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Dear [firstname,fallback=Innovation Forum member]
Innovation Forum members may be interested in The future of transport: to infinity and beyond? talk we are programming with the London Transport Museum on the evening of 6 October. This is one of the partner events in the Mayor’s Story of London Festival, on which we have been working.
At the event Austin Williams of the Future Cities Project will talk about past transport futures, reminding us of the ambition and excitement this area has and could offer. Mark Charmer of the Movement Design Bureau will be looking at possible innovations in transport over a 30 years timeframe. And Paul Priestman of Priestmangoode will talk about audacious design and engineering, and in particular the challenges of creating the Mercury, a high speed double-decker train designed by Priestmangoode.
This event is part of the Mayor’s Story of London Festival, which takes place 1-10 October and is on the theme ‘London, Innovation and the Future’, focusing on London as a site of innovation and the value of innovation to the future of the city.
We will also remind you about the Future City keynote debates we have programmed with the Mayor of London’s Office and take place every week evening from Monday 4 to Friday 8 October at the British Library. They cost to attend is £6 (£4 concessions) and you can book at the British Library Story of London page. We have also co-programmed a number of other partner events, including How is London working? Innovation in the capital’s workplaces with DEGW on the morning of Thursday 7 October.
I hope to see you at ‘The future of transport’ and/or some of the other events noted, and that you can be involved in this initiative to raise the level of discussion about the future of London.
+44 7973 377 897
The future of transport: to infinity and beyond?
Wednesday 6 October, 18:30-20:00
Cubic Theatre, London Transport Museum, Covent Garden Piazza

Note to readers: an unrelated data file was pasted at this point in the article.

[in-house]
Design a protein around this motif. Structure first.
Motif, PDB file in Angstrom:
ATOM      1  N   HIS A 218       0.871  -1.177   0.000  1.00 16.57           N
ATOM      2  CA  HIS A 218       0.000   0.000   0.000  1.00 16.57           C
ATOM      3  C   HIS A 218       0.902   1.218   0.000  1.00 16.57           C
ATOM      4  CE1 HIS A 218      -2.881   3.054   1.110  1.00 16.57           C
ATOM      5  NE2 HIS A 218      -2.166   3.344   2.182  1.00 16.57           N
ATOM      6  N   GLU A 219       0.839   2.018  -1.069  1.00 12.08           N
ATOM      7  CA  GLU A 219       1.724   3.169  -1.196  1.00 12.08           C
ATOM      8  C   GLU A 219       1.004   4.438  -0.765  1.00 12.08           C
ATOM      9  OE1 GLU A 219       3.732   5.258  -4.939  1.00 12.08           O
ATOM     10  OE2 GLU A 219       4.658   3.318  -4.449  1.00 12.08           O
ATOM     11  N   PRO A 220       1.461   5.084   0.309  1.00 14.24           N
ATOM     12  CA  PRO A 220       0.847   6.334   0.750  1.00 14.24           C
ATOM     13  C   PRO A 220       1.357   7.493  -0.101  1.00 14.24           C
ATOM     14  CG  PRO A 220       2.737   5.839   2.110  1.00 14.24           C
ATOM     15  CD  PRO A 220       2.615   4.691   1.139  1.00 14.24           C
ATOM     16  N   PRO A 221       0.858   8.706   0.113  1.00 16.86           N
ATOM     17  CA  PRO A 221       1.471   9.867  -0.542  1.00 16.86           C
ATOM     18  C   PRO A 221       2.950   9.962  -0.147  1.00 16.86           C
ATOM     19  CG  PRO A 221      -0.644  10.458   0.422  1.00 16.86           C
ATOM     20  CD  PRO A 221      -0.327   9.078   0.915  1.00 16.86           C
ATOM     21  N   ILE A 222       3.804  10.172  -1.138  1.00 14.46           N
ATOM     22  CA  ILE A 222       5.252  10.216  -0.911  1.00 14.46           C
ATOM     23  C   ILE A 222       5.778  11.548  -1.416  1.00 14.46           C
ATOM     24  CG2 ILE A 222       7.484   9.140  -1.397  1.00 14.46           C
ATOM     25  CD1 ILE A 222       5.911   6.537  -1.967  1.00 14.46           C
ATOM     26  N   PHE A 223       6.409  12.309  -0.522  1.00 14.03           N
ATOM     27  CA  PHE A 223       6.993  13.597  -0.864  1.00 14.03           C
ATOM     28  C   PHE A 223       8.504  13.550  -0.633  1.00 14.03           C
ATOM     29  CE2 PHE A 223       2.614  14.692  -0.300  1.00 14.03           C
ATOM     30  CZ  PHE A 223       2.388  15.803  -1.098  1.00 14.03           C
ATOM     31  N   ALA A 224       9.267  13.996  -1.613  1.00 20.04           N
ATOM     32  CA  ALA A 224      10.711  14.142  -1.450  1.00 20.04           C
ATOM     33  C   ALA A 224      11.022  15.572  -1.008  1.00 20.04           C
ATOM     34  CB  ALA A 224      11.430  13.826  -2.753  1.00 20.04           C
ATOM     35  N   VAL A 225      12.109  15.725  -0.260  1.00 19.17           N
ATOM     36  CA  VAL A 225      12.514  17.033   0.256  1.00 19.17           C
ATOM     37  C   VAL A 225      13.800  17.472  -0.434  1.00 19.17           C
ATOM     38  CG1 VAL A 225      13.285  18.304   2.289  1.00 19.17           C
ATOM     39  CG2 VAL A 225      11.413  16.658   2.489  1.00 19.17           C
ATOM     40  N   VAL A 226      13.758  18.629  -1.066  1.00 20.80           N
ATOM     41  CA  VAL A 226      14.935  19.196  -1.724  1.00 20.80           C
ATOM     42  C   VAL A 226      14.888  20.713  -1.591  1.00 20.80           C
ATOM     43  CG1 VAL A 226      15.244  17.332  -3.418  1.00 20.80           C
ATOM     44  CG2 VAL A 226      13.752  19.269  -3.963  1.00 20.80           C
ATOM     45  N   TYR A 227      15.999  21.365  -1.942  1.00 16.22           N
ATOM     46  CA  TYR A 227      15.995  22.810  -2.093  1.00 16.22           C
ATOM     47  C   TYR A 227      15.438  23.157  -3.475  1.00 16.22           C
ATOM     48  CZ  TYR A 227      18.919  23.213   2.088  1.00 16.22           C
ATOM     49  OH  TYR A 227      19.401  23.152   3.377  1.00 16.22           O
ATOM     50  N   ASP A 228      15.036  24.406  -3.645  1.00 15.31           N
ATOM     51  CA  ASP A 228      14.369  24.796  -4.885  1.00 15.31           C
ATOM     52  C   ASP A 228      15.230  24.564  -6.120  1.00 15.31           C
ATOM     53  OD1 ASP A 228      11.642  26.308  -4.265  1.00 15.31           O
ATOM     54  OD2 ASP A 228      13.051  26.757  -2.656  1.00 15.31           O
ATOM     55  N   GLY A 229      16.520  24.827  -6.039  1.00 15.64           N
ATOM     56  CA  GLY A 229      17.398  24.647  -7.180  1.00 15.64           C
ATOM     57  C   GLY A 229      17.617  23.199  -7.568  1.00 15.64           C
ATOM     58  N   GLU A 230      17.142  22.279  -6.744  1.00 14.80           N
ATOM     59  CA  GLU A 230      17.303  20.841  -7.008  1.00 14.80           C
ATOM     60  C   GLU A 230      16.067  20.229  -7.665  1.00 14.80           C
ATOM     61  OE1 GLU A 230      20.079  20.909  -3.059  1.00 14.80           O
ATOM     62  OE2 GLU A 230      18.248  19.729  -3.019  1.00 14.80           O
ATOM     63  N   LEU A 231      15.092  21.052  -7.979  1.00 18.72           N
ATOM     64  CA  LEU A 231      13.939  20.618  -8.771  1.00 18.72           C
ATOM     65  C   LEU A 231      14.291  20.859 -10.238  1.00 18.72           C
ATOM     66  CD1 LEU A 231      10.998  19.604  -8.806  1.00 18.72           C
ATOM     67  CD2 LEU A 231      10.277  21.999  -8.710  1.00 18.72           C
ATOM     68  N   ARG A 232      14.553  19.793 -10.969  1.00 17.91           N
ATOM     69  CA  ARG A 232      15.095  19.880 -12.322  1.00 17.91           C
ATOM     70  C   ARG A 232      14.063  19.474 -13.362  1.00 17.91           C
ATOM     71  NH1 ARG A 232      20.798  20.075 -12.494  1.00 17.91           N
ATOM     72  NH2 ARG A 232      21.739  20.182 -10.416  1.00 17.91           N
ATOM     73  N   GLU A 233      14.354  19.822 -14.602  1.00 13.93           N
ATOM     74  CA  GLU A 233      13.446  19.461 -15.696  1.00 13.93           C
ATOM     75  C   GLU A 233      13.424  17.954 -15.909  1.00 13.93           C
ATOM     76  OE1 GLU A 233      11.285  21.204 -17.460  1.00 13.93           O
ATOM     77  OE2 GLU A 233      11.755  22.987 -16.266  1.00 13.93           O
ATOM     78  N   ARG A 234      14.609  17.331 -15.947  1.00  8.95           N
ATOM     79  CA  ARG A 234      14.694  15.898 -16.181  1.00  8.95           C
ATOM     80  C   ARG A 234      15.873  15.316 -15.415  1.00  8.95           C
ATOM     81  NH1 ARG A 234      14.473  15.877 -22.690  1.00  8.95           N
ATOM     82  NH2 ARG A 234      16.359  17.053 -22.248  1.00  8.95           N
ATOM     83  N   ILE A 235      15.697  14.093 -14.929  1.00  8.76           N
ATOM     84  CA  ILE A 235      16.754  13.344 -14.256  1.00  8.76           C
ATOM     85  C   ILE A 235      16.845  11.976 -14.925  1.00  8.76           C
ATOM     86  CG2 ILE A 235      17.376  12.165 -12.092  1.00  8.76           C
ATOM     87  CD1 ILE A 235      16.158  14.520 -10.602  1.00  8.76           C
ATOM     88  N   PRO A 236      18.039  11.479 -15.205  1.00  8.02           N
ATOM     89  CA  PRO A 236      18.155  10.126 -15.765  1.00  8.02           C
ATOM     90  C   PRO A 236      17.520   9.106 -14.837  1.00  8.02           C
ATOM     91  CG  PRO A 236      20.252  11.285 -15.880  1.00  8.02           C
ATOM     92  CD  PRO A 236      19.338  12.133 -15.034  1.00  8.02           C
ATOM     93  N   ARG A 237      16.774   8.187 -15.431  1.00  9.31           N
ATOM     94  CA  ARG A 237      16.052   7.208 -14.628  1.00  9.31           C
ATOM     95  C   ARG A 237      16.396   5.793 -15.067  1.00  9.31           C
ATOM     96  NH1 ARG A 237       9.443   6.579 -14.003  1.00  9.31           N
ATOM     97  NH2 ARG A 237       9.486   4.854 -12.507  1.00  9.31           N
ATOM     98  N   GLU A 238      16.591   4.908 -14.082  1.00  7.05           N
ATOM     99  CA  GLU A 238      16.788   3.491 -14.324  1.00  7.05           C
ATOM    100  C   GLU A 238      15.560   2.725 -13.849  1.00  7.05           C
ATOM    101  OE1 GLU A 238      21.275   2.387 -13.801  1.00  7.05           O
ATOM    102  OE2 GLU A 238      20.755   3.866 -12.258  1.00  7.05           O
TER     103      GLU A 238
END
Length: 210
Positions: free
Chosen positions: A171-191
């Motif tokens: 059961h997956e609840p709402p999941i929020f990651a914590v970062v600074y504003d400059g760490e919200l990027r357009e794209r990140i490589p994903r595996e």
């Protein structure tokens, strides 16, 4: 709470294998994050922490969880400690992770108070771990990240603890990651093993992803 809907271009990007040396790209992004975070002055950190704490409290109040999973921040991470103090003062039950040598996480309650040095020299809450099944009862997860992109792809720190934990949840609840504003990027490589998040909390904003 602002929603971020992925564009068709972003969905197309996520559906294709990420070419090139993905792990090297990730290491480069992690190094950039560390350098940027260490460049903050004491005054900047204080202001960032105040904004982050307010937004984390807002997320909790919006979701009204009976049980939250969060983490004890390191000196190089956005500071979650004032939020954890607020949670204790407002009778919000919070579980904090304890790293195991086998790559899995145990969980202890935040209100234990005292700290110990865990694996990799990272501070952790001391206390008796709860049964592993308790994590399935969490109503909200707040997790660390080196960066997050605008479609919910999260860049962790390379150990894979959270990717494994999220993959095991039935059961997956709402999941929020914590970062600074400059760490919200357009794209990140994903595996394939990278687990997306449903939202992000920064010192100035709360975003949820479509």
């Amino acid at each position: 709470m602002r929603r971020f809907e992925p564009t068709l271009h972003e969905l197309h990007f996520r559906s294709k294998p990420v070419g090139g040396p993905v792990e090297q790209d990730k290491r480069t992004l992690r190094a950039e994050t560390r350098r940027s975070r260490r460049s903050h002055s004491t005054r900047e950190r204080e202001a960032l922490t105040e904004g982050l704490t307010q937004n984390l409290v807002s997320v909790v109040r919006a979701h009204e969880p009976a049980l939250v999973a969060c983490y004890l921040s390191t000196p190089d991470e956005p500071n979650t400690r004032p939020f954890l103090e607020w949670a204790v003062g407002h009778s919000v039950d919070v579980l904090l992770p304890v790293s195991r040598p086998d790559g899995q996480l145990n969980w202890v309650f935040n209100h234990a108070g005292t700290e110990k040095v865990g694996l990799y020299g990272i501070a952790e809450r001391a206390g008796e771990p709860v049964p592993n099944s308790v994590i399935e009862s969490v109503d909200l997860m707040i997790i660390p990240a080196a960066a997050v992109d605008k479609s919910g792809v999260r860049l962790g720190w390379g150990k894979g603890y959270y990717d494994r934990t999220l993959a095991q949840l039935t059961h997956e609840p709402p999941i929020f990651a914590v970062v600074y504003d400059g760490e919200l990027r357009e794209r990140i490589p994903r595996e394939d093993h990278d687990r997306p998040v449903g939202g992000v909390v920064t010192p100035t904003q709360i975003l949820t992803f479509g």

Further information and booking
We all know that the future of transport isn’t jetpacks and teleporters. Science fiction scenarios from The Jetsons to Star Trek have filled our minds with weird and wonderful possibilities that have never come to pass.
And yet, with the advent of space travel for the paying public with Virgin Galactic, is the science fiction of flying cars starting to sound less far-fetched? (Booking is now open with ‘your local accredited space agent’ — if you have a spare $200,000.)
London is a city that absolutely depends on its transport system, and it has a rich history of innovation in transport: from the Brunel Tunnel to the very first underground railway system, opened in 1863. What can we learn from these past innovations to help us innovate better in the future? How can we make better use of information systems and technologies such as GPS? How can we increase our understanding of the needs of the city and its occupants, and design for future transport that is faster, more comfortable, cheaper?
Join us for an evening of presentations and discussion in which we will look at what new forms of transport there might be on the horizon — and what is already being developed — and ask: What forms will electric vehicles actually take? Do driverless taxis work for real people? Can heads-up displays be adapted from military jets to civilian cars? Should we look seriously at aerial transport networks? When we want to leave the city should we be doing it on a Chinese conceived train that doesn’t stop at stations? (And what did happen to our flying cars?)
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